Elsewhere, the inchoate shift can be seen by how the minimum sentences for many of the infamous Rockefeller drug laws were significantly shortened by New York officials in January. In California, where the state prison system experienced the largest expansion in the country in the í80s, a new law began diverting some low-level, non-violent drug offenders in recent years from prison into community-based treatment programs.
These states are at the fore of a movement that has not yet reached far beyond the countryís coasts. But while President George W. Bush and drug czar John Walters have publicly opposed liberalizing drug policy, the federal budget released in February hints at change, shifting some funding from law enforcement to money for vouchers for treatment programs. At a congressional hearing on drug policy in February, Walters admitted the flaws of a policy focused on "chasing primarily small people, putting them in jail, year after year, generation after generation." Instead, he suggested, the country should be trying to "break the business. Donít break generation after generation . . . of young men, especially poor, minority young men in our cities, and [put] them in jail."
This shift has sparked some enthusiasm, but not without appropriate skepticism. The challenge can be seen in Rhode Island by how the Family Life Center, which opened in 2003, still struggles to secure sufficient funding. Carcieri has pledged to "help former inmates at the ACI more successfully reintegrate into our communities," and in his January 26 remarks on the budget, the governor said this could be accomplished, "by investing $300,000 in prisoner reentry programs, and by completing design work for a Prisoner Reintegration Center." The governorís proposed budget contains $132,292 to help start a 175-bed center, which the state Department of Corrections would like to open in the fall of 2006. The federal government is expected to cover 90 percent of the $13 million cost.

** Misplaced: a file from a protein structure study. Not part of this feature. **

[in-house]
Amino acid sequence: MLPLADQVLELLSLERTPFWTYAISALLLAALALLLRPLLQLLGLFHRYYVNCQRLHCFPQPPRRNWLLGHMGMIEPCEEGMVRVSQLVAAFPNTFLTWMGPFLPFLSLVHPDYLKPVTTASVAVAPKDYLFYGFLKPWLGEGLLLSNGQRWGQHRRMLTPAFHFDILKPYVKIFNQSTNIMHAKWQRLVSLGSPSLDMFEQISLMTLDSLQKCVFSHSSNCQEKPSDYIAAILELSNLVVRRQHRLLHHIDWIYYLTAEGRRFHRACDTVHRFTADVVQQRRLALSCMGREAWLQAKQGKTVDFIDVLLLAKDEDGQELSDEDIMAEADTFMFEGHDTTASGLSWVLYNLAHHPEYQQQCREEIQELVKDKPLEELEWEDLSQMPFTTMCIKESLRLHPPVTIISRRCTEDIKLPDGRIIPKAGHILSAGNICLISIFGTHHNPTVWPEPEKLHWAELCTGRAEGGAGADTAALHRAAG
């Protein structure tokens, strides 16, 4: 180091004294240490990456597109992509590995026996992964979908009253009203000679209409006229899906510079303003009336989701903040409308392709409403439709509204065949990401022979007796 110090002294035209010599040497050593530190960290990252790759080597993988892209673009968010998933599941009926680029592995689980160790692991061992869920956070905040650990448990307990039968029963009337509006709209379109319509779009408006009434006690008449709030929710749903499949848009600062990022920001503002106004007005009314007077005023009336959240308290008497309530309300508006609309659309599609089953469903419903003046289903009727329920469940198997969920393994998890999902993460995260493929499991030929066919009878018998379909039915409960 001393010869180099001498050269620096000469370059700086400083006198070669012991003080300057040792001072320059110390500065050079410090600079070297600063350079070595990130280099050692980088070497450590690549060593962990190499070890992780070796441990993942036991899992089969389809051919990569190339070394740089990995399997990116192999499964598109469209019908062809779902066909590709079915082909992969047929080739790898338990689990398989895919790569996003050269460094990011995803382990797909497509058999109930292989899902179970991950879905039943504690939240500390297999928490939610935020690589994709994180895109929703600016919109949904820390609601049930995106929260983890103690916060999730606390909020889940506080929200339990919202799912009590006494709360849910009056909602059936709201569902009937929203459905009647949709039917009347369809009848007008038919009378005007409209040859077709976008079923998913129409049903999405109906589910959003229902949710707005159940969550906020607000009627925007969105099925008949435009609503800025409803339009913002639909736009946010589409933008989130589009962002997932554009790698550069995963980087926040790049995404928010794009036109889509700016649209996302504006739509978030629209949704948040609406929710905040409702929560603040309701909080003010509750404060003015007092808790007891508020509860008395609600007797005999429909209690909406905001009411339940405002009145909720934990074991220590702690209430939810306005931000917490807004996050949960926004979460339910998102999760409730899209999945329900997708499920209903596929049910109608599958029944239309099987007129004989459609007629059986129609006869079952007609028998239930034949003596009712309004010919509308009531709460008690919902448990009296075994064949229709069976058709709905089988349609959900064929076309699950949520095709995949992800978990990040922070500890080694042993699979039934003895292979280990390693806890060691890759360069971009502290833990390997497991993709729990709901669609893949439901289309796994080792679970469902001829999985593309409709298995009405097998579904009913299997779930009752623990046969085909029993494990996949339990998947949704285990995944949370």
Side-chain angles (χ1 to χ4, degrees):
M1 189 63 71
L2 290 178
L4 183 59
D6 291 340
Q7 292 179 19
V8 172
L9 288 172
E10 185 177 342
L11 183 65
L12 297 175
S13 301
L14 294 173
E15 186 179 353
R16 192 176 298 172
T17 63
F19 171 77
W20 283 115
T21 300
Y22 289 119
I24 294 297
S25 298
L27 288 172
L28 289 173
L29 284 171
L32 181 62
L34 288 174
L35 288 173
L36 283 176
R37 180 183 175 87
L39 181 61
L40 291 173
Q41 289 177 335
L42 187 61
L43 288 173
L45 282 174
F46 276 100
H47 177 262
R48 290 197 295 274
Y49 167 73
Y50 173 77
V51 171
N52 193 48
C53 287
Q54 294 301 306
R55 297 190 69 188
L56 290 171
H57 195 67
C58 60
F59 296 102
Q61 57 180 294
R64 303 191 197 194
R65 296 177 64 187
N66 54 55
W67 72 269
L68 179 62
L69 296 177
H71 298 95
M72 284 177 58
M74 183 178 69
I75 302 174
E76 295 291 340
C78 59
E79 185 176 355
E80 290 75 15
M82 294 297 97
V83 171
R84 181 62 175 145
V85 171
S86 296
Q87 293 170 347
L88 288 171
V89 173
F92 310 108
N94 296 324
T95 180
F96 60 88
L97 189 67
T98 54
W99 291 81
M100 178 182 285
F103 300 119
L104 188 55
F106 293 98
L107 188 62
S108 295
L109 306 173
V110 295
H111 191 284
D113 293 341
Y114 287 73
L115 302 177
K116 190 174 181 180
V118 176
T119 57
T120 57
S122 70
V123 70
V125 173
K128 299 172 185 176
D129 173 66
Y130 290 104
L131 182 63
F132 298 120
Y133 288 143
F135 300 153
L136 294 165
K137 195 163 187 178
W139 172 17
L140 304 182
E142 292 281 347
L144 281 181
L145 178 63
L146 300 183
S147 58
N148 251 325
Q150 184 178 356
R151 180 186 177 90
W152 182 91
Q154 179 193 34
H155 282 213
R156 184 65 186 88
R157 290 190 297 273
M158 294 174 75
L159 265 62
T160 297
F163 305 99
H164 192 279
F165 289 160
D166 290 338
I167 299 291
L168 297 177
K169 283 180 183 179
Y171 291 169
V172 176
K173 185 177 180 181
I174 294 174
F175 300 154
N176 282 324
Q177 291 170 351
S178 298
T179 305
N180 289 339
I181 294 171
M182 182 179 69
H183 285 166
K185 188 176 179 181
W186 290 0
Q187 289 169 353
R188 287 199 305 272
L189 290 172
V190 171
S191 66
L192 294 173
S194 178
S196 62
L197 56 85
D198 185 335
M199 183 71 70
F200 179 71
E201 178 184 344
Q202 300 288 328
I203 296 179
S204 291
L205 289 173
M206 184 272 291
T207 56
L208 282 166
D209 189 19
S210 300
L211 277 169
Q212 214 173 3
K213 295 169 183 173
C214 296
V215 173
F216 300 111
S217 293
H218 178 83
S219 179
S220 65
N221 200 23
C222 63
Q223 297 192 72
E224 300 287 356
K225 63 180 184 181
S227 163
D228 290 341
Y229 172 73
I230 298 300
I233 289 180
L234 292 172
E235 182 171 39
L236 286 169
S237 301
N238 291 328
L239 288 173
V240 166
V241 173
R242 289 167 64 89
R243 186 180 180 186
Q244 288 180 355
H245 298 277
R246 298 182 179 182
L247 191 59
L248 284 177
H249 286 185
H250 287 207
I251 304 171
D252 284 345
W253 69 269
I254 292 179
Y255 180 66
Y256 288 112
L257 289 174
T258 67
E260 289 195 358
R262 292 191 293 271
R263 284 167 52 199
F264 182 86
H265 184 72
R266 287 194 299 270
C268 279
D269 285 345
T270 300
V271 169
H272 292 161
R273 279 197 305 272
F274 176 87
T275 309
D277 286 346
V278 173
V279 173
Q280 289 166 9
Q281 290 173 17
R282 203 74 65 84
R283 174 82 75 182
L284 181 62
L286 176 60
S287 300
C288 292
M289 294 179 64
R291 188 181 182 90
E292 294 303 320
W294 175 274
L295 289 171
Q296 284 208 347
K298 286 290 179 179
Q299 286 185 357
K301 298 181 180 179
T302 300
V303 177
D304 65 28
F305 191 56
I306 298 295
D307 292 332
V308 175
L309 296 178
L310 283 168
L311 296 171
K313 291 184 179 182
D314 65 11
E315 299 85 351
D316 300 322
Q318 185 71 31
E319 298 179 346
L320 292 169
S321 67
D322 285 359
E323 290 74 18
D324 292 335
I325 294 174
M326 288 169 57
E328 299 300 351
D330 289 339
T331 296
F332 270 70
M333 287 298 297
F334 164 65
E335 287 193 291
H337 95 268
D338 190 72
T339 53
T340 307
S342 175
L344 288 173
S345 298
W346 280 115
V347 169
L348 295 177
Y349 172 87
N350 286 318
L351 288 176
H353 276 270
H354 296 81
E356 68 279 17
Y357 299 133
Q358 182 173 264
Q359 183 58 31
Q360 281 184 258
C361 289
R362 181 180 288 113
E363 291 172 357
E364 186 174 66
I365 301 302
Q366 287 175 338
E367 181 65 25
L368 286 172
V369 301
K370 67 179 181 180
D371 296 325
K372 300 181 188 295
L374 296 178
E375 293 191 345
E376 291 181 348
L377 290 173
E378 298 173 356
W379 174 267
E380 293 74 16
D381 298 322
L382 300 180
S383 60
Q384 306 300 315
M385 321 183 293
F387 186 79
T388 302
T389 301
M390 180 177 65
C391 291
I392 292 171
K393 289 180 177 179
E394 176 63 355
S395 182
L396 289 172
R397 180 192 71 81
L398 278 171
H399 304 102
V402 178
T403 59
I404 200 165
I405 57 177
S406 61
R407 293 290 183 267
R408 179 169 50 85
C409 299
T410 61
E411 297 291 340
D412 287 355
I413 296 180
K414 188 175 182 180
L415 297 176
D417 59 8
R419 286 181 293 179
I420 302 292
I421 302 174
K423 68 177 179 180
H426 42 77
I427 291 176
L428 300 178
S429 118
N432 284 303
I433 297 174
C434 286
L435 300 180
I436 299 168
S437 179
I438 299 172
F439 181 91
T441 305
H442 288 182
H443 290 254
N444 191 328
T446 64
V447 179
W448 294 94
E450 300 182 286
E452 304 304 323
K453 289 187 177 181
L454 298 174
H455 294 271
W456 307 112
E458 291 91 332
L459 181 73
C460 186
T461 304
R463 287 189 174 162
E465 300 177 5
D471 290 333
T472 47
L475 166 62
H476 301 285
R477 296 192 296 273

The Family Life Center, however, currently receives nothing from the money allocated by Carcieri for reentry programs. (Most of its funds come through a federal grant.) Although she remains hopeful that the FLC will get state backing in the future, Rodriguez bemoans how most people still "donít see this population [of ex-offenders] as a deserving population."
Slom is "guardedly optimistic," although, as he points out, "At this point, nothing much has really changed. Itís all things that could potentially change." The passage of voting-rights legislation remains far from certain, even after revelations that more than 15,000 Rhode Islanders, including 20 percent of the stateís black electorate, are disenfranchised. For Slom, the measure of success is not difficult to envision: "When I see my voting rights reinstated," he asserts, "then Iíll know weíre heading in the right direction."page 1 page 2 page 3 page 4
Issue Date: April 15 - 21, 2005